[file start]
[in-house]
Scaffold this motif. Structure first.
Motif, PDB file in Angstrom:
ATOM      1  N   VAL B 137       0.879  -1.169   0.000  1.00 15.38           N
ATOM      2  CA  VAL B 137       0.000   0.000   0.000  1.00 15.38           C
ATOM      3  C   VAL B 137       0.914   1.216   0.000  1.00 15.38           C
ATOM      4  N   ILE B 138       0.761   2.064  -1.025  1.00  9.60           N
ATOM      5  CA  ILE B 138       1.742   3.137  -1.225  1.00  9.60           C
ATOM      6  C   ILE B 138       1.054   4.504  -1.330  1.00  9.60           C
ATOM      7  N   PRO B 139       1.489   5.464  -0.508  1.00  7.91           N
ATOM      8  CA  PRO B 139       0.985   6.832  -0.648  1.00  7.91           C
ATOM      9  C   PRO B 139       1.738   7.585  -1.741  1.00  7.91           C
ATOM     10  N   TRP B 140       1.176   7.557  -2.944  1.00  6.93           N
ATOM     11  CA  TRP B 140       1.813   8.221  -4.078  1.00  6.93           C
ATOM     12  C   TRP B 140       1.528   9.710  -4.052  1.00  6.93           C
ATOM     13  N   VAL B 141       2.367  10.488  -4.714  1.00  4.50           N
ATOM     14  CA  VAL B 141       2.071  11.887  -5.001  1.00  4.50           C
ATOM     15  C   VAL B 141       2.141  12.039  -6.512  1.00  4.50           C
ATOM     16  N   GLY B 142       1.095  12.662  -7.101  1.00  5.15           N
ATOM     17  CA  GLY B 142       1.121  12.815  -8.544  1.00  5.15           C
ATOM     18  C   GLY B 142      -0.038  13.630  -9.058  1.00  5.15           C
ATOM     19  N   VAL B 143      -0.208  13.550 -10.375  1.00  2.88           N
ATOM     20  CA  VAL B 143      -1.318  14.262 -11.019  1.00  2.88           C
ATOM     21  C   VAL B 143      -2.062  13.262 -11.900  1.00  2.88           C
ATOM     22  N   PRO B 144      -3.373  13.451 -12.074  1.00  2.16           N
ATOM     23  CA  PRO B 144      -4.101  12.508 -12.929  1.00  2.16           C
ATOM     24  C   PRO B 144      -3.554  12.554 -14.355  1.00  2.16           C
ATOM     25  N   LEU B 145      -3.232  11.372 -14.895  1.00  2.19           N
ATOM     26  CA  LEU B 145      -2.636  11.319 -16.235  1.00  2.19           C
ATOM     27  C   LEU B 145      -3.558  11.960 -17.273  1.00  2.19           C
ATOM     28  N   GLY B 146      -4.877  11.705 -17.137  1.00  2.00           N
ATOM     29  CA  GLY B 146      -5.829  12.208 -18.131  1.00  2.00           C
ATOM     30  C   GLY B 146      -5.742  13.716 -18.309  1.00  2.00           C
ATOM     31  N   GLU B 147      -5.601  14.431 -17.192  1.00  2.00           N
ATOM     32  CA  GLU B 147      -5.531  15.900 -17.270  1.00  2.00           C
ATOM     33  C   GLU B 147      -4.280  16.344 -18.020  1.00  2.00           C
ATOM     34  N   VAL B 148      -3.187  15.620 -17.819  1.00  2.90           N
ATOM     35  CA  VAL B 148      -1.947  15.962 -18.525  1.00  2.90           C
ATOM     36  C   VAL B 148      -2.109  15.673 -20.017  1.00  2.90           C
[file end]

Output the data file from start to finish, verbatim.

[in-house]
Scaffold this motif. Structure first.
Motif, PDB file in Angstrom:
ATOM      1  N   VAL B 137       0.879  -1.169   0.000  1.00 15.38           N
ATOM      2  CA  VAL B 137       0.000   0.000   0.000  1.00 15.38           C
ATOM      3  C   VAL B 137       0.914   1.216   0.000  1.00 15.38           C
ATOM      4  N   ILE B 138       0.761   2.064  -1.025  1.00  9.60           N
ATOM      5  CA  ILE B 138       1.742   3.137  -1.225  1.00  9.60           C
ATOM      6  C   ILE B 138       1.054   4.504  -1.330  1.00  9.60           C
ATOM      7  N   PRO B 139       1.489   5.464  -0.508  1.00  7.91           N
ATOM      8  CA  PRO B 139       0.985   6.832  -0.648  1.00  7.91           C
ATOM      9  C   PRO B 139       1.738   7.585  -1.741  1.00  7.91           C
ATOM     10  N   TRP B 140       1.176   7.557  -2.944  1.00  6.93           N
ATOM     11  CA  TRP B 140       1.813   8.221  -4.078  1.00  6.93           C
ATOM     12  C   TRP B 140       1.528   9.710  -4.052  1.00  6.93           C
ATOM     13  N   VAL B 141       2.367  10.488  -4.714  1.00  4.50           N
ATOM     14  CA  VAL B 141       2.071  11.887  -5.001  1.00  4.50           C
ATOM     15  C   VAL B 141       2.141  12.039  -6.512  1.00  4.50           C
ATOM     16  N   GLY B 142       1.095  12.662  -7.101  1.00  5.15           N
ATOM     17  CA  GLY B 142       1.121  12.815  -8.544  1.00  5.15           C
ATOM     18  C   GLY B 142      -0.038  13.630  -9.058  1.00  5.15           C
ATOM     19  N   VAL B 143      -0.208  13.550 -10.375  1.00  2.88           N
ATOM     20  CA  VAL B 143      -1.318  14.262 -11.019  1.00  2.88           C
ATOM     21  C   VAL B 143      -2.062  13.262 -11.900  1.00  2.88           C
ATOM     22  N   PRO B 144      -3.373  13.451 -12.074  1.00  2.16           N
ATOM     23  CA  PRO B 144      -4.101  12.508 -12.929  1.00  2.16           C
ATOM     24  C   PRO B 144      -3.554  12.554 -14.355  1.00  2.16           C
ATOM     25  N   LEU B 145      -3.232  11.372 -14.895  1.00  2.19           N
ATOM     26  CA  LEU B 145      -2.636  11.319 -16.235  1.00  2.19           C
ATOM     27  C   LEU B 145      -3.558  11.960 -17.273  1.00  2.19           C
ATOM     28  N   GLY B 146      -4.877  11.705 -17.137  1.00  2.00           N
ATOM     29  CA  GLY B 146      -5.829  12.208 -18.131  1.00  2.00           C
ATOM     30  C   GLY B 146      -5.742  13.716 -18.309  1.00  2.00           C
ATOM     31  N   GLU B 147      -5.601  14.431 -17.192  1.00  2.00           N
ATOM     32  CA  GLU B 147      -5.531  15.900 -17.270  1.00  2.00           C
ATOM     33  C   GLU B 147      -4.280  16.344 -18.020  1.00  2.00           C
ATOM     34  N   VAL B 148      -3.187  15.620 -17.819  1.00  2.90           N
ATOM     35  CA  VAL B 148      -1.947  15.962 -18.525  1.00  2.90           C
ATOM     36  C   VAL B 148      -2.109  15.673 -20.017  1.00  2.90           C